[e2e] where end-to-end ends

Micah Beck mbeck at cs.utk.edu
Wed May 23 05:14:58 PDT 2001

> But I'm afraid that
> gross delay, while it might call for an alternative to TCP, does not
> invalidate the "end-to-end argument".

Gross delay turns data transmission into a data buffer, and makes not only
TCP but any kind of syncrhonous end-to-end signaling impossible.  Thus the
end-to-end argument has to be applied to buffered, stateful, asynchronous
networks.  This is not the usual context in which the end-to-end argument is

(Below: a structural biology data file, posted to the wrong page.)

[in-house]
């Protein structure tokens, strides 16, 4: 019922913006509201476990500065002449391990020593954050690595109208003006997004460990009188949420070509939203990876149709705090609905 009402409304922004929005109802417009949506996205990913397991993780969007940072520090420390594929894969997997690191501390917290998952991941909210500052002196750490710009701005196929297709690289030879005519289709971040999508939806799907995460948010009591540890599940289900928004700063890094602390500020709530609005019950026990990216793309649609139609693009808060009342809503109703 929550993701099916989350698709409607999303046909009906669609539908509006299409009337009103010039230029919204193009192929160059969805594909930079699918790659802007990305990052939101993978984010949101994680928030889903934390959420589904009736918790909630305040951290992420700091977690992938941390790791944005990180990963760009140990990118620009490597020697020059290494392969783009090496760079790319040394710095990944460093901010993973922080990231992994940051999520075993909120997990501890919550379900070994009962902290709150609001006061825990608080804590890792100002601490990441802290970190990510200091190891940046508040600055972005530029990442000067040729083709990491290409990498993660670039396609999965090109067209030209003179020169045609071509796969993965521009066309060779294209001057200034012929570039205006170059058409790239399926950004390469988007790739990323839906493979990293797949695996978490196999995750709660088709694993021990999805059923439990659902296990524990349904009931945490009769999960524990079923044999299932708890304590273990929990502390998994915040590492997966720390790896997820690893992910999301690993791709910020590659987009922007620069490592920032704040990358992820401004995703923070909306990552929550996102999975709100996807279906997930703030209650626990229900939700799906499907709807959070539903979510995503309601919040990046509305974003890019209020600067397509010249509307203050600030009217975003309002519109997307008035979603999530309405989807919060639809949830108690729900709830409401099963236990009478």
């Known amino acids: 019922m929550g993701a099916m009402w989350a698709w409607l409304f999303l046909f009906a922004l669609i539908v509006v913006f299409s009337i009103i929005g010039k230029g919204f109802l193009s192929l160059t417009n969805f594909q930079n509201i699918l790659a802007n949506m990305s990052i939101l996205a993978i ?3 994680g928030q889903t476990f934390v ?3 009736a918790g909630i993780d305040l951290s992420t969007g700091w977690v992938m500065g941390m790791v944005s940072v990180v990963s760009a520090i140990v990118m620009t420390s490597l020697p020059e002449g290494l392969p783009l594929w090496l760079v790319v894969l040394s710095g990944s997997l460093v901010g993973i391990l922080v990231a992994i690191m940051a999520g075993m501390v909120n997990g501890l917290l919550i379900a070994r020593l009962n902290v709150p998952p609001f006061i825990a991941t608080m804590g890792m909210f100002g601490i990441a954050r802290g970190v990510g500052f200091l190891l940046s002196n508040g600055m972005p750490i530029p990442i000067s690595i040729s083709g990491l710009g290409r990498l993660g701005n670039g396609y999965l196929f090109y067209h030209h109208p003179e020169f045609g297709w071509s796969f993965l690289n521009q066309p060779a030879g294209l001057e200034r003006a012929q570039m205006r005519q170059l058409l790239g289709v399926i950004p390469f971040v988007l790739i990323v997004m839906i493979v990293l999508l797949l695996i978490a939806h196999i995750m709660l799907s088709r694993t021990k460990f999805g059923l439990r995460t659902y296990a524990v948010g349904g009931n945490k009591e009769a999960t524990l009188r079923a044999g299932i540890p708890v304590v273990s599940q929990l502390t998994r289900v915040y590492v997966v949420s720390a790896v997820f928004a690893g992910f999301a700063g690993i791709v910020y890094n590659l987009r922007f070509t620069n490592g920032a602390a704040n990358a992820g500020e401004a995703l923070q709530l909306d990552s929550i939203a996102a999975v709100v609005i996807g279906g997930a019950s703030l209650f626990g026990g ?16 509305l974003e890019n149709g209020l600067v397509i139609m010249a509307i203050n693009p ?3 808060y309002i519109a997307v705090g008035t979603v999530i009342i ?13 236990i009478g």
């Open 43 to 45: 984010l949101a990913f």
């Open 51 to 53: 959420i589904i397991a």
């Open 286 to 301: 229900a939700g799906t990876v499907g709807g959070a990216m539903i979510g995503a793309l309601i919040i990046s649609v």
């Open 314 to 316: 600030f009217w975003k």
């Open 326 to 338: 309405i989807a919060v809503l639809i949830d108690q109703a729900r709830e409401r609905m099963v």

applied, and is considered by many to be antithetical to the notion of
end-to-end communication.

For example, if my mail server holds my mail and I manage it using IMAP, is
the client-to-client delivery of mail considered to be end-to-end?  The mail
server, considered as part of the network, is acting as a buffer under the
control of the end-point.  However, it is subject to failure modes that a
stateless netework would not see.


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